DiscoverOrg CEO Henry Shuck
The plan is to immediately merge their coverage into a single database delivered via both platforms. RainKing customers will benefit from deeper coverage of non-IT execs (e.g. sales, marketing, HR, product management), the assignment of Customer Success Managers to their accounts, and access to DiscoverOrg’s TiLT training for SDRs. DiscoverOrg users will benefit from deeper company and contact coverage, particularly in Europe, along with a larger editorial team building out and maintaining the combined database. Both groups of customers will benefit from additional datasets in the DiscoverOrg research pipeline including a new one which will be announced in the next sixty days.
RainKing customers will continue on their current platform for at least a year until RainKing functionality is merged with that of DiscoverOrg.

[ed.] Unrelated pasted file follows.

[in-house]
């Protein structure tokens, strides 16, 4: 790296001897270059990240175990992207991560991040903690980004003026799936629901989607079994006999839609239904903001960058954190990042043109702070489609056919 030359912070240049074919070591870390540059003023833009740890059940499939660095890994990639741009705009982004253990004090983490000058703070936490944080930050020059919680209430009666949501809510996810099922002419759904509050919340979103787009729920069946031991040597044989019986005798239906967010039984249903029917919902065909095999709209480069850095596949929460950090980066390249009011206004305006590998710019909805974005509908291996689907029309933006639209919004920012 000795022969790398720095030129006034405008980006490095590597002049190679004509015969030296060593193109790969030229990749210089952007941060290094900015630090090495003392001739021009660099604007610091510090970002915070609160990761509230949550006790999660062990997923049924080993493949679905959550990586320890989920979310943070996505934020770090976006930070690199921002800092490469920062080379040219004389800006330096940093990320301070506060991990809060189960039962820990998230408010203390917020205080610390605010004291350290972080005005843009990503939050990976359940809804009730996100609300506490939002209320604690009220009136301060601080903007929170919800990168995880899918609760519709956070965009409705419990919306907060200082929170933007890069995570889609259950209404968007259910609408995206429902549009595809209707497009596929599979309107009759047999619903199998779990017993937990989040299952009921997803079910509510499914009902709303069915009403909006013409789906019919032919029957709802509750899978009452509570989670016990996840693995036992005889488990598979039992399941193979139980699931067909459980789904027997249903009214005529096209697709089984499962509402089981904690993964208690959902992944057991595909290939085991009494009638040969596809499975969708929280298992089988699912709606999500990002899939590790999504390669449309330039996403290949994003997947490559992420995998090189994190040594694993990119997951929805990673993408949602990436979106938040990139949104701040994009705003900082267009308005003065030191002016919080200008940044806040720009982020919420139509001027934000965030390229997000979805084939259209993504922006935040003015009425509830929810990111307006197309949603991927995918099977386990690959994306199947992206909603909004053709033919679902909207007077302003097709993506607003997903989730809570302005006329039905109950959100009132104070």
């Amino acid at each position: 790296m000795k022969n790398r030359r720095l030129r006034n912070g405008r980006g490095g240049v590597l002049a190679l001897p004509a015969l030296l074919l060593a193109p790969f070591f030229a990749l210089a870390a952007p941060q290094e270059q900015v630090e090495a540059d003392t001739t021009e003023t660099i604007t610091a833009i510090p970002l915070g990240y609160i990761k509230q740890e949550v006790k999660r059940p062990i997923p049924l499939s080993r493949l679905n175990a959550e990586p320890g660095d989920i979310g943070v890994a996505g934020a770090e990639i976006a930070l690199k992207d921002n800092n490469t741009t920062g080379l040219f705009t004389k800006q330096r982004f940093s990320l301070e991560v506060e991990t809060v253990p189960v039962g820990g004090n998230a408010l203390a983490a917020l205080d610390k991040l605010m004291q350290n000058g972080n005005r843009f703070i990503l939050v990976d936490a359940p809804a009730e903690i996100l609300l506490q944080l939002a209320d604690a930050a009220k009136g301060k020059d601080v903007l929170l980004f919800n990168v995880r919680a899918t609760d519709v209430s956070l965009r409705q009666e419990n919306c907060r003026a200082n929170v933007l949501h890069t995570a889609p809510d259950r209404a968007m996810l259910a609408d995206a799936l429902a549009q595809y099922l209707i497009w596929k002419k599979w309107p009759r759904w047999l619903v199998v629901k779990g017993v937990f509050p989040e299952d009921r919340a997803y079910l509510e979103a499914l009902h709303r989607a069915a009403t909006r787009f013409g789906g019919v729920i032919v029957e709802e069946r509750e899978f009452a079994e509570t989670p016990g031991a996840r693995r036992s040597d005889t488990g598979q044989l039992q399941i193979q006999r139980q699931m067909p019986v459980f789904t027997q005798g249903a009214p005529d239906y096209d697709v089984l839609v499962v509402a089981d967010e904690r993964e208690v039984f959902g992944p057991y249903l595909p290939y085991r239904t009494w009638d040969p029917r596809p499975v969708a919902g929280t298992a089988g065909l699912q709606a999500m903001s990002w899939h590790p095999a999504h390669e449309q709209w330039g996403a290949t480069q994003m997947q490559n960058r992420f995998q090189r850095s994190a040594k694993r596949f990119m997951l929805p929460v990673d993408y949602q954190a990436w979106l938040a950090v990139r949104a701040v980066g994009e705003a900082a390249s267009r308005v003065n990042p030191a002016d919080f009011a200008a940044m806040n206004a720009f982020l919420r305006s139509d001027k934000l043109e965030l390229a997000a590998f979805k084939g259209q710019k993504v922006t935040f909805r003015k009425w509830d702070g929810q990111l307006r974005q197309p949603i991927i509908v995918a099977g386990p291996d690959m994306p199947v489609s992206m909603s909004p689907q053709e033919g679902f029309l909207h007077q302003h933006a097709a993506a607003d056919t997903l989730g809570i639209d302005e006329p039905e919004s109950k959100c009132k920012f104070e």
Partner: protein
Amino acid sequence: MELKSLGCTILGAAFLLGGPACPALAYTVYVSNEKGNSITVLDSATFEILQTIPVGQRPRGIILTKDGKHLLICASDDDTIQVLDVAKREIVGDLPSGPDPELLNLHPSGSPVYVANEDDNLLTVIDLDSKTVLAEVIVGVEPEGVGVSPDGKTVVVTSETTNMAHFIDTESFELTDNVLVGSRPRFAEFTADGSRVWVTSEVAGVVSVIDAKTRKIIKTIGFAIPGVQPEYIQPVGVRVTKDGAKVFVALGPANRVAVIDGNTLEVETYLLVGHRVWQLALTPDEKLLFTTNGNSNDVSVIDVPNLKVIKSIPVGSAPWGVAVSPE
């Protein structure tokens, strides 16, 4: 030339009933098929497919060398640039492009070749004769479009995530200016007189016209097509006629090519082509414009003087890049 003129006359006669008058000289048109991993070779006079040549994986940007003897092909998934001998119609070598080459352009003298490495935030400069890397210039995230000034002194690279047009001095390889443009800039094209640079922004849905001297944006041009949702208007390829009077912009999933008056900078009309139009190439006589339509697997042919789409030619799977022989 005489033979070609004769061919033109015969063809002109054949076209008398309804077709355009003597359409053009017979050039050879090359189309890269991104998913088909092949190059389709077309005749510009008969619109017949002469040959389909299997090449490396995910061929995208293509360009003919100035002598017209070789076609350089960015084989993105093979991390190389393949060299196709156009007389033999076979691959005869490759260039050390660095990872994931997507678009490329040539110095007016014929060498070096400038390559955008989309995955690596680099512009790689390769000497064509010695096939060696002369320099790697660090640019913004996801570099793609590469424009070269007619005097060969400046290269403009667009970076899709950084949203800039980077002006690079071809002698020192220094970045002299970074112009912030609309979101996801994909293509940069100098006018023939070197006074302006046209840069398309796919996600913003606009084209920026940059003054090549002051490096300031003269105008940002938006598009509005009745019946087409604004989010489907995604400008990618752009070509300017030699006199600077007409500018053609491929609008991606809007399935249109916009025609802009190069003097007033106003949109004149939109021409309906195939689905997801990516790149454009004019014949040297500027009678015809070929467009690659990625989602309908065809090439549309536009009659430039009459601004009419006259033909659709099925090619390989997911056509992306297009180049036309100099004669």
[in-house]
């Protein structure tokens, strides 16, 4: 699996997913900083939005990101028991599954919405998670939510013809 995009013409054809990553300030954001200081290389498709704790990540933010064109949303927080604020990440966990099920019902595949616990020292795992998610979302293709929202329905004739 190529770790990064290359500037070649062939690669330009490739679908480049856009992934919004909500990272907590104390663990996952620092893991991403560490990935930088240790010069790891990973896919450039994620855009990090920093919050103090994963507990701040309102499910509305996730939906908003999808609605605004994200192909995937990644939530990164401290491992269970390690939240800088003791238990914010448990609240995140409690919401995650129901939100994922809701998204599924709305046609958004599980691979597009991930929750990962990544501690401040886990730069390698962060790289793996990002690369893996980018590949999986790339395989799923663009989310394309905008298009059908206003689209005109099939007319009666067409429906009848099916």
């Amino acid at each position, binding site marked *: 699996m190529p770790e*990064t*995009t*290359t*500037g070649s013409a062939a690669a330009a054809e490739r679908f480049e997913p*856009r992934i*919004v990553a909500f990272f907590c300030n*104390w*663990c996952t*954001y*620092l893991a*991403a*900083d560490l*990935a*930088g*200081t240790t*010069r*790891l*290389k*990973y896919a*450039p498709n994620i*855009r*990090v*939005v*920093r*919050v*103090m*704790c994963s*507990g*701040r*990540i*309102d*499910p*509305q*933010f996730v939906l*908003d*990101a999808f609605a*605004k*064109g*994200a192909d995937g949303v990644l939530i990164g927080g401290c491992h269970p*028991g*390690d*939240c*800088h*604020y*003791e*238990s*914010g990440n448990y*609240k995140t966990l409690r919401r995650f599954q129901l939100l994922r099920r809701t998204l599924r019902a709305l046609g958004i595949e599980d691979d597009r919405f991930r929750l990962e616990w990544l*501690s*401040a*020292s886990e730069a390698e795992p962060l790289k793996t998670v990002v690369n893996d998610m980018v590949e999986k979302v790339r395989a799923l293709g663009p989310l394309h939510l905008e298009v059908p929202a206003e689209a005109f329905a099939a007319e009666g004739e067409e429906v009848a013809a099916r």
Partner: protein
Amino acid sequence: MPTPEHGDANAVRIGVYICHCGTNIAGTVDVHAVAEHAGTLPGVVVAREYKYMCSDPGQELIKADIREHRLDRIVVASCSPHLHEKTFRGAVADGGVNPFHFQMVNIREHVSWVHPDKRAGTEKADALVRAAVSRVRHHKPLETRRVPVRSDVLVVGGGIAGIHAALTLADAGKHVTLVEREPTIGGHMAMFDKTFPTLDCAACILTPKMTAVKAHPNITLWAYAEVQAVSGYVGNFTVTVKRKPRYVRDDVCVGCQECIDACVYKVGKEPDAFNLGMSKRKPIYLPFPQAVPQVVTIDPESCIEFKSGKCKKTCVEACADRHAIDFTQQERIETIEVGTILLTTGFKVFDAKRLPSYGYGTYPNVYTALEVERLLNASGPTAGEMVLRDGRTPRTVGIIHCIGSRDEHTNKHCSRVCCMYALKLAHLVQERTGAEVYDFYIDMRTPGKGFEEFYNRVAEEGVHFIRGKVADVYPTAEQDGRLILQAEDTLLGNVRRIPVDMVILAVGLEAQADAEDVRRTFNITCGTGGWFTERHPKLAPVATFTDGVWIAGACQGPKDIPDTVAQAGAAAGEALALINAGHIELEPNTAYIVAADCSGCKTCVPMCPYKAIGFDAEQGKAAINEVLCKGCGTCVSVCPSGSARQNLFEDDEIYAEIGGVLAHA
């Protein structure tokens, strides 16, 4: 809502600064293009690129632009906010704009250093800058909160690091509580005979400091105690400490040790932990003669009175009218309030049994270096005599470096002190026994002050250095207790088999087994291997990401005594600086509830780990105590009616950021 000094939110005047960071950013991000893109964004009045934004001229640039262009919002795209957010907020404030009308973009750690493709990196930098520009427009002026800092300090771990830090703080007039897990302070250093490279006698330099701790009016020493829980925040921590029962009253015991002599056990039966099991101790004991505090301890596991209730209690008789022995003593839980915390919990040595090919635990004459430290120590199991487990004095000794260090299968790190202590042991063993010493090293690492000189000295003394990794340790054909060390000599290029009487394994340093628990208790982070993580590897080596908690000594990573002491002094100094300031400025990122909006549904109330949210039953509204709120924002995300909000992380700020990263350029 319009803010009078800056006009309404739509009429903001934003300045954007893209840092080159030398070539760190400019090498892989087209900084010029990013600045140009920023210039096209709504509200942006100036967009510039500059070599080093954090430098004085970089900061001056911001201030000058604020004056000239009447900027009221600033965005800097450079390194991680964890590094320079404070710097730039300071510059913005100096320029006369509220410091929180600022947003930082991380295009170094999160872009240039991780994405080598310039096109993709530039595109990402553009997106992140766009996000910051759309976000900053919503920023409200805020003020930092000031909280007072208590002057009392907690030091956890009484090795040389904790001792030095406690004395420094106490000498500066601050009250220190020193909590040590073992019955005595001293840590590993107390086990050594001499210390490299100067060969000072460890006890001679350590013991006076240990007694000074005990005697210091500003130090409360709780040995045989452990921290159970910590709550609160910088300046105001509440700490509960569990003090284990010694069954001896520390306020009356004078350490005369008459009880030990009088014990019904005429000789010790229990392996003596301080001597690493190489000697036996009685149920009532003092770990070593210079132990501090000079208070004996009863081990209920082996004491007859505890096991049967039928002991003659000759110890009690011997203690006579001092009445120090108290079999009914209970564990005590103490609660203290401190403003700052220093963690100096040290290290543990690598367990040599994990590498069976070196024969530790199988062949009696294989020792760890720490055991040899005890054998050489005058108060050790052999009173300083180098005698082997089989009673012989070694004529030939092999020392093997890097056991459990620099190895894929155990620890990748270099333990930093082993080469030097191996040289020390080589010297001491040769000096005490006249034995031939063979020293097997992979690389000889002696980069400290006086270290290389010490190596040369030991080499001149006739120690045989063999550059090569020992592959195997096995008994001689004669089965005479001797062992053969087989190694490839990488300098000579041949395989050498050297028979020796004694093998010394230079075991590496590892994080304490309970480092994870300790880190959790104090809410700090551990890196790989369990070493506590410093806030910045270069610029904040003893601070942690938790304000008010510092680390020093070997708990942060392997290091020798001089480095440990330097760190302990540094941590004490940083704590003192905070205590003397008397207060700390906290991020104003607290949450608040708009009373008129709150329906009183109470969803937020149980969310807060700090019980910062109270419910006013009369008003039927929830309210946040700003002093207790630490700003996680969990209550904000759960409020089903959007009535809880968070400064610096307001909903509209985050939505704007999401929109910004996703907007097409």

The combined datasets will span over two million contacts and over 100,000 global companies. As both firms maintain high quality data standards, DiscoverOrg’s 95% accuracy guarantee will be maintained.
The deal is a cash transaction, though DiscoverOrg did not reveal the price.
Schuck provides additional details on his vision for DiscoverOrg and the acquisition in this YouTube video:
GZ Consulting Take